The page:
This “In Their Own Words” essay was written by Rose Wade. Rose has two children, including a son with autism. She is a military wife and the founder of The Robin Hood Lego Campaign Advocating Autism Awareness and Lego Therapy.
Our home is often held together by words both written and spoken. When my son first said “mama,” it brought tears of happiness to my eyes. There are words of encouragement and correction I’ll give to my children until I’m old and grey. Or older and greyer than I am now.
We’re a military family. My husband has been apart from us many times. From brief two-week temporary duty assignments, six-month deployments to Iraq and Afghanistan, and now a year-long remote tour in Korea.
The time allotted to him for moral calls to us is free, but brief. Our family has fifteen minutes to cling to each others’ voices. Every word spoken is precious. We save letters for birthday, anniversaries, and holiday cards. There are several, ribbon-tied envelopes from years of correspondence tucked away in the closet.
My 12-year-old son, Matthew, was diagnosed with high-functioning autism. Though I still haven’t been able to encourage him to write a letter to his father, I love every minute of listening to him chatting on the webcam during the few instances when my husband can be away from duty.
Matthew will talk endlessly on several subjects and they’ll all string together. One word or phrase will remind him of something else he saw or learned, and the talking will continue.
His talking is also filled with questions. I never know where I’ll be, or what I’ll be doing when I’ll be asked a question about the formation of the sun, and two seconds later be asked why the mail doesn’t run on Sundays.
I do what I can to keep up with the questions. I’ve had to search my own ‘files’ for the appropriate answers. I’ve often had to reply “I’m not sure.” It’s a good thing I’m not a contestant on ‘Jeopardy’. I’d owe money to Alex Trebek.
My 10-year-old daughter, Kayli, asked Matthew why he’s always so talkative in the car. I didn’t notice it myself until she pointed it out. While I’m driving and answering Matthew’s questions, I must look like I’m talking to myself or singing with the radio. So far, I haven’t been pulled over by the security forces on base because they thought I’ve been on a cell phone.
Matthew speaks often. Sometimes it wears on my patience, but I do my best to give him answers even if I have to often gently remind him that he had asked me the same questions yesterday. He’s talkative, but I wonder how many of my responses are getting through to him. I’ve spoken to him about several subjects, several times. But I know I’ll be asked again next week.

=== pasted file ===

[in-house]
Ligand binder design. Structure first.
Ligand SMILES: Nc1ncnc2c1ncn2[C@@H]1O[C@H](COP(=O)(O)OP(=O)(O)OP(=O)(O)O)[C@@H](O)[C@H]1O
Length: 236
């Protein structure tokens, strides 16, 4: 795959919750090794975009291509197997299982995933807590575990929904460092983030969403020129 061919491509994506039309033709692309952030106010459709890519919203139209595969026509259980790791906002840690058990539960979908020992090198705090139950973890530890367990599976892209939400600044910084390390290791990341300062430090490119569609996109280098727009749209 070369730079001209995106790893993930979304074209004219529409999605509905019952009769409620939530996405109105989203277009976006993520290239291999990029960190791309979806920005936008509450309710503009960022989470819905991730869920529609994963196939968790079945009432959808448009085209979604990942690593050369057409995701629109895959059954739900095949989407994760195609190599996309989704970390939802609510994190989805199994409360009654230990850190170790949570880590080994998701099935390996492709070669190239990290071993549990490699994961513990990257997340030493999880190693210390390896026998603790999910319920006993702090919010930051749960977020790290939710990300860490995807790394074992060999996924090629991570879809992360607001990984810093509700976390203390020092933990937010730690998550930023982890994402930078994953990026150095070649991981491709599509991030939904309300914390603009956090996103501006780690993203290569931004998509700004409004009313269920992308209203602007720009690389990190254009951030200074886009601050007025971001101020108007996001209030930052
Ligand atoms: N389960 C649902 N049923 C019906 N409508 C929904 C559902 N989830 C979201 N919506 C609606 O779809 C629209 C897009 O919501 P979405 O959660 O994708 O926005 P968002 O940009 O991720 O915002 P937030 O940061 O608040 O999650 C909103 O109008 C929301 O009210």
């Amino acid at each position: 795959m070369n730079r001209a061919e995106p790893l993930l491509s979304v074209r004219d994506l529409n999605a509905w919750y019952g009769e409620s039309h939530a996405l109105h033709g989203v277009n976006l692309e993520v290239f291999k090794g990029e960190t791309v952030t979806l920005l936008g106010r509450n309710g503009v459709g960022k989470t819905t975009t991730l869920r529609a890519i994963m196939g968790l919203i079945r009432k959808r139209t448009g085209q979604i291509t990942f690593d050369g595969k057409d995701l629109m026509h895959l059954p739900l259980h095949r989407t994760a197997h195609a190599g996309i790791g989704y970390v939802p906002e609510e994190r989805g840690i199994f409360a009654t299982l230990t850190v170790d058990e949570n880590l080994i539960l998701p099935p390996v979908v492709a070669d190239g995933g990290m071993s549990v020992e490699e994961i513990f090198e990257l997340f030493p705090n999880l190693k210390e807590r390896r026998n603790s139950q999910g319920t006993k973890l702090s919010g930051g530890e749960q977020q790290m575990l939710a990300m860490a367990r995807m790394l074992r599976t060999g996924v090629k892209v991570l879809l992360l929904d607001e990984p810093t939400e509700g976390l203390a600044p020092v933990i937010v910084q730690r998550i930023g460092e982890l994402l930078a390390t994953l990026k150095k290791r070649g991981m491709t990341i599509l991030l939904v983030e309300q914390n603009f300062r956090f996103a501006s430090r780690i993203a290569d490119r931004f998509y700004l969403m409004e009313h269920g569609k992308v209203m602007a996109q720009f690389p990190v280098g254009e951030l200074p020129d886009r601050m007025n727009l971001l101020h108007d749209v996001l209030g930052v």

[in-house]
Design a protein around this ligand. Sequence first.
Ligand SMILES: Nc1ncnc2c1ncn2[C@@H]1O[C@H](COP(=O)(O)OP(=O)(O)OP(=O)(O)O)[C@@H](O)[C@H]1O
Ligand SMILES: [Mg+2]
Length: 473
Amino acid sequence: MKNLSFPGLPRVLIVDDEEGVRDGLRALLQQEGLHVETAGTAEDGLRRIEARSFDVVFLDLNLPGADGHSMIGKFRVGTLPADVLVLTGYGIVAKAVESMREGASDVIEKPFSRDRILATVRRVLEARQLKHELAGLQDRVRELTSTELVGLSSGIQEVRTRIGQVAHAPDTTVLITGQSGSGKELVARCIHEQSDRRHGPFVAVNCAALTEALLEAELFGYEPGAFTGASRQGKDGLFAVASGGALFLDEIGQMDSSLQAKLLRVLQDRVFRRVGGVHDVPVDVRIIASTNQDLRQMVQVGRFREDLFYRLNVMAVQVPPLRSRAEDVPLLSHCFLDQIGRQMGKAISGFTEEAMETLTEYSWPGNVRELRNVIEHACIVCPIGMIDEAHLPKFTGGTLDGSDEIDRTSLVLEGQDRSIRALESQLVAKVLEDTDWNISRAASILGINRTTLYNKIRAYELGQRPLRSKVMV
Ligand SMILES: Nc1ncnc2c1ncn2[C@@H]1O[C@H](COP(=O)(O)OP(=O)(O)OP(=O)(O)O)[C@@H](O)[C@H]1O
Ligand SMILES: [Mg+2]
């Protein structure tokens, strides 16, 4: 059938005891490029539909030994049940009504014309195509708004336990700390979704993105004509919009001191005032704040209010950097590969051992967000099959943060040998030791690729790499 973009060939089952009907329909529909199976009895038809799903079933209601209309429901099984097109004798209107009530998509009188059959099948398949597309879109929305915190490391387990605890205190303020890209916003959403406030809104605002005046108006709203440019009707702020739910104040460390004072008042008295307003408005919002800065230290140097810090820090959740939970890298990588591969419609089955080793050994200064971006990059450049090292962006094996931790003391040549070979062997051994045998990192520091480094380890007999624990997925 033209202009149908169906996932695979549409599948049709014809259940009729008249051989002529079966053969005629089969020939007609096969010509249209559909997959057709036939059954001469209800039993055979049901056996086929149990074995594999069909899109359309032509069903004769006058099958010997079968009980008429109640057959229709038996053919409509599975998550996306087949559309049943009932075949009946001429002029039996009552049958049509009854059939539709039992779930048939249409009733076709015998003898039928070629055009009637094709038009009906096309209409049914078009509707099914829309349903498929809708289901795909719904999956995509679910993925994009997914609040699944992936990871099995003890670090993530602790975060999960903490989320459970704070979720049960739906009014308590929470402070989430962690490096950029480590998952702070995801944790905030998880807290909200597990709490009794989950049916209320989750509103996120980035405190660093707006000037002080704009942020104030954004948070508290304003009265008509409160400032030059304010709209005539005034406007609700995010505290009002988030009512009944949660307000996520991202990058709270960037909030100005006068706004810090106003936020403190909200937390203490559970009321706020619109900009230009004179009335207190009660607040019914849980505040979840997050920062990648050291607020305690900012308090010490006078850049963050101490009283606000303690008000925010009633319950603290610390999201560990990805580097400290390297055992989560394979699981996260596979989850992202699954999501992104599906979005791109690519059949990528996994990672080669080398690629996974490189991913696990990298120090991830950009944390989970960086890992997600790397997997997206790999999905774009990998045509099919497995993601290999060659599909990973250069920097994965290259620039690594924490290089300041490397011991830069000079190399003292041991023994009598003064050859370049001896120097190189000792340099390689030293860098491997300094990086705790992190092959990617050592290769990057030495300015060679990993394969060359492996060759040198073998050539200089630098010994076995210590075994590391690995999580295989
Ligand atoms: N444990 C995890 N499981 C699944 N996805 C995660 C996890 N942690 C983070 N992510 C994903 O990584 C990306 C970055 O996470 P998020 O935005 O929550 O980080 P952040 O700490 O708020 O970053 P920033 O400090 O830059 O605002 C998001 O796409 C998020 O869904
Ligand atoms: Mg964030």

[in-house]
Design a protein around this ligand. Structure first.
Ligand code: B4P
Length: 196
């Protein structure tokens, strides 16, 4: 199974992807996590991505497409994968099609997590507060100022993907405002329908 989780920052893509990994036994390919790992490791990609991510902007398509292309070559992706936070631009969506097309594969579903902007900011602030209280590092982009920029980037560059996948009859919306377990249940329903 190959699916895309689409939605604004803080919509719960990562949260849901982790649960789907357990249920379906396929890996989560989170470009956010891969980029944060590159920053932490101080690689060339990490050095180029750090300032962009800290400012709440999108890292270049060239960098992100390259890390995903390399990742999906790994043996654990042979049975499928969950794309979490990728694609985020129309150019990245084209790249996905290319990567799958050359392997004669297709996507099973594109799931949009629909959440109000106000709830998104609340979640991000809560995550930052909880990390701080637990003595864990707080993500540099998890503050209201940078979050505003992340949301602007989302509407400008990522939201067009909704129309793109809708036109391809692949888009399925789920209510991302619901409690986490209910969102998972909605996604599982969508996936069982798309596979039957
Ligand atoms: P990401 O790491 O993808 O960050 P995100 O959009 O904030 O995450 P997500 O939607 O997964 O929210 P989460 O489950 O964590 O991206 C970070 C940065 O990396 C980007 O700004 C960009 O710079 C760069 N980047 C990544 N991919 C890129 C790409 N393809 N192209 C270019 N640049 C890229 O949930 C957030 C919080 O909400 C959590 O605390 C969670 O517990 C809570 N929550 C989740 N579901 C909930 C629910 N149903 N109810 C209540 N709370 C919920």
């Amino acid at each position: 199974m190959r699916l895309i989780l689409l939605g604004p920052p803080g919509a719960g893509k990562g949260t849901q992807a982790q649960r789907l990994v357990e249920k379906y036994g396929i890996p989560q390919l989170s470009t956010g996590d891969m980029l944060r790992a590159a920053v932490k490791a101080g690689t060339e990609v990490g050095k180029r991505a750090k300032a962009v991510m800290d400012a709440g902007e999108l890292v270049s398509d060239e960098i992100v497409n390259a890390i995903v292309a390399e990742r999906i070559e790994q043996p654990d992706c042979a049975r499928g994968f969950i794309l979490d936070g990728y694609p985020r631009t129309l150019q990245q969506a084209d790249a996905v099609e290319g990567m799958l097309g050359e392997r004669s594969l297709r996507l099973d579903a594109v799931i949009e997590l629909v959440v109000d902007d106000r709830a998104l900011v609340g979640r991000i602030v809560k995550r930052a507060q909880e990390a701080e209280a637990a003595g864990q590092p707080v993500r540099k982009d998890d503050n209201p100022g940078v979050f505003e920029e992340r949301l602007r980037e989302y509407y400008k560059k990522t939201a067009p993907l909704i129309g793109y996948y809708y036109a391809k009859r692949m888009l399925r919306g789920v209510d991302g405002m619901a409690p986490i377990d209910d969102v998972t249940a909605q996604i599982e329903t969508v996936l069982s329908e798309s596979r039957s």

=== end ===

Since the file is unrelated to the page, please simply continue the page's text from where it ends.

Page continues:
Thanks to the inspiration of a talented man, I found a passion for creative writing. It has given me a new creative outlet that helps me cope with my brave husband’s long absences that leave me to deal with daily fears about his safety, my darling son with autism, my social butterfly daughter, and household appliances that only cause trouble while my husband is away.
Inspiration was given to me again, by the same talented man, and led me to start The Robin Hood Lego Campaign Advocating For Autism Awareness & Lego Therapy. My writing has found another, important outlet. My hope for the campaign is to educate others about autism by expressing my experiences with a child on the spectrum.
My son has high-functioning autism. He comes with his own challenges and triumphs. There are children across the varied autism spectrum, each with has loved ones who search for ways to cope with the effects of autism on the child, and on the family.
Sometimes words are too repetitive, too harsh, not clear enough, filled with impatience. Sometimes the right words are simply missing.
I worried over my first blog post about autism entitled “How Would You Know If a Fish Had Autism?” Would people want to read it? Would they understand my point-of-view?
The blog post received comments from mothers of children with autism, paraeducators, and adults with autism. Their heartfelt words touched my own heart and reminded me not to give up my campaign to raise awareness of autism and its effects on families.
I listen to the words and questions spoken by my son and I learn more every day about him, and about autism. Just like my son’s words to me, the words I share with others about autism may not always be the right ones, or understood, or relatable to everyone, but they will always come from the heart.
“In Their Own Words” is a series within the Autism Speaks blog which shares the voices of people who have autism, as well as their loved ones. If you have a story you wish to share about your personal experience with autism, please send it to email@example.com. Autism Speaks reserves the right to edit contributions for space, style and content. Because of the volume of submissions, not all can be published on the site.